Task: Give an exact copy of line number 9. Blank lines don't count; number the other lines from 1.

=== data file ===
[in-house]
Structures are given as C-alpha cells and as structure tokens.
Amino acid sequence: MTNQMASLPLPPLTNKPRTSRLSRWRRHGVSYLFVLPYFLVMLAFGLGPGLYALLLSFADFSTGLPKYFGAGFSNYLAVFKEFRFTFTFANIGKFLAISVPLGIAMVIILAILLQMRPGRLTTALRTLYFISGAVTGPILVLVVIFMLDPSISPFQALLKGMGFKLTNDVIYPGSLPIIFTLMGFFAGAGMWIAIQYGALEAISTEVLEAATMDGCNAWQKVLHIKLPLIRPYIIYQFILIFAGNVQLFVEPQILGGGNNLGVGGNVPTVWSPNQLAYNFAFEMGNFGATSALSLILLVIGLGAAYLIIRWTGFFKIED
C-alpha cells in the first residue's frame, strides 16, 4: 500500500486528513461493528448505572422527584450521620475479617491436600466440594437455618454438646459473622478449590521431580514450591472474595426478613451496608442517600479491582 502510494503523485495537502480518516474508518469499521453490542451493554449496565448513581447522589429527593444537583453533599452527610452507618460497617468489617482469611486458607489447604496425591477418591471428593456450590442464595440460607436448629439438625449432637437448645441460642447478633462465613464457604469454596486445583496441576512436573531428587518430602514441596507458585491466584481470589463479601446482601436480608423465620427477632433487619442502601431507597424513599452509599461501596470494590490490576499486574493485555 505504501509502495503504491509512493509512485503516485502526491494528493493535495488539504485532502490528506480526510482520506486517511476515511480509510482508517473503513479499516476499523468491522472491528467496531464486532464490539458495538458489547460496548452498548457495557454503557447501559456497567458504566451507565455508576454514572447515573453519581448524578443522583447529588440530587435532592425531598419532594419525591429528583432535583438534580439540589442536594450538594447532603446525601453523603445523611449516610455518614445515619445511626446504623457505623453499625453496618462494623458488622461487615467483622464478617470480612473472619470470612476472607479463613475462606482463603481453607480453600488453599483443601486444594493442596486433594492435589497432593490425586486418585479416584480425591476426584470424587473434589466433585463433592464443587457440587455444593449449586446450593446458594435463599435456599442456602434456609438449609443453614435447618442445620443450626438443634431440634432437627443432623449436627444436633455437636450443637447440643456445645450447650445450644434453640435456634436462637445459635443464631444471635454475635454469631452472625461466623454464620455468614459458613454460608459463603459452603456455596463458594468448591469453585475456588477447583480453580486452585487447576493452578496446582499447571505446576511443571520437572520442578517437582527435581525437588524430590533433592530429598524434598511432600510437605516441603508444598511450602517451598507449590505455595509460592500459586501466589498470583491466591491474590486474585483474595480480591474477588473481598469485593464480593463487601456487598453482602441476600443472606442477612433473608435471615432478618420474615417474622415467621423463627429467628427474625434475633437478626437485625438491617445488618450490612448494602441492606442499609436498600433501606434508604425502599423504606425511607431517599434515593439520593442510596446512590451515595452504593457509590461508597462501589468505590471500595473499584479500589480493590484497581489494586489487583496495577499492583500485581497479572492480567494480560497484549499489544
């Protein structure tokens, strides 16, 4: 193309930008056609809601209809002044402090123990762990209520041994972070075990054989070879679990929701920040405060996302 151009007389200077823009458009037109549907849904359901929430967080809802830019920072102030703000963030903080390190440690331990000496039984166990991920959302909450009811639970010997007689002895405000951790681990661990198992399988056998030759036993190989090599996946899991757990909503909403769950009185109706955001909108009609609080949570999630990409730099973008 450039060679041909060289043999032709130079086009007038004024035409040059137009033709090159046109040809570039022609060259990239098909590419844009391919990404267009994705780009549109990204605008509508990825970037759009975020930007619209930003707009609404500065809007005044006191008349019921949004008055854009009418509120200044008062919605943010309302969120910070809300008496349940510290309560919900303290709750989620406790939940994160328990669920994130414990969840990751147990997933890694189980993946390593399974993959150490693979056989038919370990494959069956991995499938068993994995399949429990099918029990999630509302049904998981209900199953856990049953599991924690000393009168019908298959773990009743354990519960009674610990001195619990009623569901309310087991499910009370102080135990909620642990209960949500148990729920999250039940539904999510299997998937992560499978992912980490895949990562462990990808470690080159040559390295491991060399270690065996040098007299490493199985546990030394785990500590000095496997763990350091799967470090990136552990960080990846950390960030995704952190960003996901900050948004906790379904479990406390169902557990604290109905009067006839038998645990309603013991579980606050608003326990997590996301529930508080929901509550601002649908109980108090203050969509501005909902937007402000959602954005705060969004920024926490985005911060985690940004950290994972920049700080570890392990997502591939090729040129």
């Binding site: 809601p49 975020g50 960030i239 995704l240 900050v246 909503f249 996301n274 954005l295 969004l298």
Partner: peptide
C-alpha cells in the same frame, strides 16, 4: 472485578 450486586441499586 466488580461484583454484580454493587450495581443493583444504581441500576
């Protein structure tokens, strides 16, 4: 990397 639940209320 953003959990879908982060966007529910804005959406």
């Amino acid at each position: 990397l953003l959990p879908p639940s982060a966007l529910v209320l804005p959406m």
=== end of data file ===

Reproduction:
């Protein structure tokens, strides 16, 4: 990397 639940209320 953003959990879908982060966007529910804005959406």